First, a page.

Recently I’ve been thinking a lot about gaming, despite the fact that I’ve never been much of a gamer. This is probably because live events in gaming have ballooned in recent months, in contrast to the cancellations and low revenues in the live event space that the rest of the entertainment industry has seen during the same time. The trailer for last weekend’s Pokemon Day Post Malone concert is was a revealing example:
At the end of the trailer, Post Malone changes into an in-game avatar version of himself, creating an almost poignant message of just how much live performance has come to rely on the gaming industry within the past year. Since global lockdowns began in March of last year, there have been countless virtual concerts for gaming, from Epic Games’ blockbuster Travis Scott Fortnite concert in April to Lil Nas X’s equally impressive concert with Roblox in November. The reason tens of millions of gamers and non-gamers attended these events was because the escapism that many relished in virtual worlds now became one of the only avenues through which they could access what they missed most in the pre-pandemic real world, including live music performances.
Post Malone’s Pokemon Day performance was one of the first virtual concerts in Pokemon’s P25 Music Series this year to help celebrate Pokemon’s 25th anniversary. While live viewers complained about the brevity of Post Malone’s 13-minute show, they were delighted by the Pokemon world tour - during which a Gyrados jumped in the seas, Charizard brooded in a lava cave, and a herd of Rapidashes stampede through the desert - that the singer’s avatar gave. The investment that Pokemon and other game makers have made in quality graphics for these concerts has increased with the demand for these types of virtual experiences. And while this demand has been expedited because of the pandemic, it’s hard to say that the live business wouldn’t have gotten here regardless. More than a year before Travis Scott, there was the Fortnite in-game Marshmello concert, which was hailed as the vision for the future and became Epic Games’ biggest event at the time. With or without coronavirus, the world was already trending towards bringing more of people’s favorite real-world experiences online.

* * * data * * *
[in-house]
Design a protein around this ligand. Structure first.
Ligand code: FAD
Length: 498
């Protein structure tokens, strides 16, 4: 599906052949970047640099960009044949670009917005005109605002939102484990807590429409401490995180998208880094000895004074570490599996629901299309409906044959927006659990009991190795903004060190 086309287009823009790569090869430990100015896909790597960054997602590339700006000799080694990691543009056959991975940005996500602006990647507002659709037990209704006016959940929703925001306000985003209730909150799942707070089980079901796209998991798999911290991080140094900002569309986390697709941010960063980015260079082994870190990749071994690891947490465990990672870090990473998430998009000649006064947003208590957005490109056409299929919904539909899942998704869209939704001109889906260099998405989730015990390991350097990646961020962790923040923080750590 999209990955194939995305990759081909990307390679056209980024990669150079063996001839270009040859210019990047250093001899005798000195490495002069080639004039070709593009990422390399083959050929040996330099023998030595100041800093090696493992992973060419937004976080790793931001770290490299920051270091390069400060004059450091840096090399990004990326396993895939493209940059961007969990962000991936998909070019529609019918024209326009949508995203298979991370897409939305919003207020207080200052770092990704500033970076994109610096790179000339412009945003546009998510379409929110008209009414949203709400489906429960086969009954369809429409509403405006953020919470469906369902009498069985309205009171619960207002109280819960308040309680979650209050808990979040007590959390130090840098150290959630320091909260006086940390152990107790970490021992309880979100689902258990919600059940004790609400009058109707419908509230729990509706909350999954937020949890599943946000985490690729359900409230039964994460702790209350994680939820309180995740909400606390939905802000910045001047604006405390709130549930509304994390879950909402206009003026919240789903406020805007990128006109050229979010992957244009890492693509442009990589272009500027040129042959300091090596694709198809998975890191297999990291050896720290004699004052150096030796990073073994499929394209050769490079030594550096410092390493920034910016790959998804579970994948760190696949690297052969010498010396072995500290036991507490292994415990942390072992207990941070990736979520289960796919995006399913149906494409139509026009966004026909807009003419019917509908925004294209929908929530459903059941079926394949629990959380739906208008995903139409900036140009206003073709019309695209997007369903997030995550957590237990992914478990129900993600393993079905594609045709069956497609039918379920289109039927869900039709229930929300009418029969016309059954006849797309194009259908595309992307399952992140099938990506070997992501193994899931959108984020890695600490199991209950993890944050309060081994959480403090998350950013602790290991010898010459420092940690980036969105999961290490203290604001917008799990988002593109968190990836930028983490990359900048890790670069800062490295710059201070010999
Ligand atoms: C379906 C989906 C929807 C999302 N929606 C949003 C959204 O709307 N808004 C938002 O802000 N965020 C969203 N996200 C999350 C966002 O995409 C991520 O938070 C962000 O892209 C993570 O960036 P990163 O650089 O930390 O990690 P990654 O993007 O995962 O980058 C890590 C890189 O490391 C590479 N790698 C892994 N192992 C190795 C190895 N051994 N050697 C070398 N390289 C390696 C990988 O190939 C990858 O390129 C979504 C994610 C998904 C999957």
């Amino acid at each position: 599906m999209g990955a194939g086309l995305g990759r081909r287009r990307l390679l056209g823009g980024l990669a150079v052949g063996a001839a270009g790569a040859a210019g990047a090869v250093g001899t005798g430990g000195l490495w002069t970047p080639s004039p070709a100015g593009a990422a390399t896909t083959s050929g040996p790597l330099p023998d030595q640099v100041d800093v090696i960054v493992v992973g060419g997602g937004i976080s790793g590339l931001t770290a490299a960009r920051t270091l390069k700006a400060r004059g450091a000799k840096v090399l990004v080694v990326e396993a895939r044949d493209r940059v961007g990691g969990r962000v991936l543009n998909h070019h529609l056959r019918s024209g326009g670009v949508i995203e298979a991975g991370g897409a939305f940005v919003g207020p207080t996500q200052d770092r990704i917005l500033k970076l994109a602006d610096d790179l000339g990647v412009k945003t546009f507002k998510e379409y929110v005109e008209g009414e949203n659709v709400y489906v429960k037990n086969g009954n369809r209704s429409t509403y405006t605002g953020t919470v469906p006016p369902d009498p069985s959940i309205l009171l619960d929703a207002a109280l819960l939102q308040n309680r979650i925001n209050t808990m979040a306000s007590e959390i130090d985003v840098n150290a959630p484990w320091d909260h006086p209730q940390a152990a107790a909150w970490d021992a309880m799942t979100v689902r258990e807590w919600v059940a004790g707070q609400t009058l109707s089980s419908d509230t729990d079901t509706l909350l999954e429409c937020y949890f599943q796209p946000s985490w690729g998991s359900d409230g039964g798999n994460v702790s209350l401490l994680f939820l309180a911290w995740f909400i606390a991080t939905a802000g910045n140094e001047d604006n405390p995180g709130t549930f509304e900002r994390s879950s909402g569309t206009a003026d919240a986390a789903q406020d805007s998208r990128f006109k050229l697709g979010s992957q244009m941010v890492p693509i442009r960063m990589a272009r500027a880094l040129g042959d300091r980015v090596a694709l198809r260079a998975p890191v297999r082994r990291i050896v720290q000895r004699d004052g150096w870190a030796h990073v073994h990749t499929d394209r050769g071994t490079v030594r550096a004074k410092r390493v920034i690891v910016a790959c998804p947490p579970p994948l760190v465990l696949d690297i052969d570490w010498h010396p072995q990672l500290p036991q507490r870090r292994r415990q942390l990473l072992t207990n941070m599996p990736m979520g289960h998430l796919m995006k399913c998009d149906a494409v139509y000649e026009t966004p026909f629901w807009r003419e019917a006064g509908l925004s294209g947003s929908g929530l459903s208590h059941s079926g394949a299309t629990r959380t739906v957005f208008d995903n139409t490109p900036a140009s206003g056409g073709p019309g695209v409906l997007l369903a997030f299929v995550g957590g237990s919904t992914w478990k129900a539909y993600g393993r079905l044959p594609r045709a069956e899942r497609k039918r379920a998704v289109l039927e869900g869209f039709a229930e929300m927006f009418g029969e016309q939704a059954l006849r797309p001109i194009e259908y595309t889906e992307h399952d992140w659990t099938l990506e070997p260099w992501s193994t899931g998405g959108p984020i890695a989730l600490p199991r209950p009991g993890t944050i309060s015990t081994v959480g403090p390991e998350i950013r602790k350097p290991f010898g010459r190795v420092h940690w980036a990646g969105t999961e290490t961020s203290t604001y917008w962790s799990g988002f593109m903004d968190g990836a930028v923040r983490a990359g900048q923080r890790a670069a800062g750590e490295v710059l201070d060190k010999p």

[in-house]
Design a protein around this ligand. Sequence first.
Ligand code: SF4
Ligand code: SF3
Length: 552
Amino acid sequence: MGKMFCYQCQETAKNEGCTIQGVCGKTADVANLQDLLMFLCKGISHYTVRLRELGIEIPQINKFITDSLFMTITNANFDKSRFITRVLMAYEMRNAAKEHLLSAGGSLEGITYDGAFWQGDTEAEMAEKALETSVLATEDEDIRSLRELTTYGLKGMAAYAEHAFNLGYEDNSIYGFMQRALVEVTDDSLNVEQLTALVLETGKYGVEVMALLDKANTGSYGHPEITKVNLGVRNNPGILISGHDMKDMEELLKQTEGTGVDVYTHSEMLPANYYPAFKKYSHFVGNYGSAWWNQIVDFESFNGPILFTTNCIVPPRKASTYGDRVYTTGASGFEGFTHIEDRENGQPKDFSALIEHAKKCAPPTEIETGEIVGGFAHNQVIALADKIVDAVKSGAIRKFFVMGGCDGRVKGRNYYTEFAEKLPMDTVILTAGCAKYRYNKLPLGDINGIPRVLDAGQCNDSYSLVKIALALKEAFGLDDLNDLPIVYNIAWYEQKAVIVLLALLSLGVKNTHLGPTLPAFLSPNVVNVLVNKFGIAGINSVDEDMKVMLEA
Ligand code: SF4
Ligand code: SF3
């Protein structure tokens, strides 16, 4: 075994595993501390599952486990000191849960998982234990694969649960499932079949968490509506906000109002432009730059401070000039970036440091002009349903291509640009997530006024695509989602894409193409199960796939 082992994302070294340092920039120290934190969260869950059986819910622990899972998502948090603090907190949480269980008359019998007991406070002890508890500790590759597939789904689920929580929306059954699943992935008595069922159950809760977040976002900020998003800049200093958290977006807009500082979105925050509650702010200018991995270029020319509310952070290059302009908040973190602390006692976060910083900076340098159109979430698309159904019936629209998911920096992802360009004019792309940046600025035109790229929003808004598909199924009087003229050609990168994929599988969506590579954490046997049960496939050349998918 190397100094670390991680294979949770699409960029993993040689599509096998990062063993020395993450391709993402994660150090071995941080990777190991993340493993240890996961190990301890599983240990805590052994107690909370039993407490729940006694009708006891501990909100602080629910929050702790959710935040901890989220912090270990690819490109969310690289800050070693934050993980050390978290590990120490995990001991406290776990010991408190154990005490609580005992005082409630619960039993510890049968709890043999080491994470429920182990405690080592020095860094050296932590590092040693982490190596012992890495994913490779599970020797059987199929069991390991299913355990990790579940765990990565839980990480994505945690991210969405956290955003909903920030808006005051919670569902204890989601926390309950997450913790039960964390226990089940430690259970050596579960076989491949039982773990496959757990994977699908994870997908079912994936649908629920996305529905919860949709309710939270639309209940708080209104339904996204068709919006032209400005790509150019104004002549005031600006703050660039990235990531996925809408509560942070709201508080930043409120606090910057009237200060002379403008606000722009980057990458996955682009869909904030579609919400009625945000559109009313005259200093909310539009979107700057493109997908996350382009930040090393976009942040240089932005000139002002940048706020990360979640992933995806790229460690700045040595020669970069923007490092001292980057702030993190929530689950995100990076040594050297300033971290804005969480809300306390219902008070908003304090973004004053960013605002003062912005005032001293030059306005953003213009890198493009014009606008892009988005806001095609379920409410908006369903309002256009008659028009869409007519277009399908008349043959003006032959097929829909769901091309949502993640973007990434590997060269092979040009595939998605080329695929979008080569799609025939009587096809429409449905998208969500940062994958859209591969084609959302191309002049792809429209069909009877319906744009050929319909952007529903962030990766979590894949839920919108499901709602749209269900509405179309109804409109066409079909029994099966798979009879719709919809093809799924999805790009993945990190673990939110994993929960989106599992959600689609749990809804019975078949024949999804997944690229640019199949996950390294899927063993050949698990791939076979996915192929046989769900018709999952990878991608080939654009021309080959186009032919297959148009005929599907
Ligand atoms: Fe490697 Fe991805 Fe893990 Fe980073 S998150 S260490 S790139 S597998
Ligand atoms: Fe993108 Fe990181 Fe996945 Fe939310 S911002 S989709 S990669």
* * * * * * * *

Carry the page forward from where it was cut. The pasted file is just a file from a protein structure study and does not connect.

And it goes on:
This year will be particularly interesting for the performance industry, given people’s dual demand for both in-game concerts and physical performances. With a vaccine out and a third manufacturer’s production just approved, much of the music industry is eager to bring back their biggest revenue stream, physical tours and concerts. Just in the past few weeks Live Nation and one of its subsidiaries have begun selling out live festivals planned for August 2021. The fact that these festivals sold out in just a few days and that refund rates are very low point to fans’ predictable eagerness to see their favorite artists in person.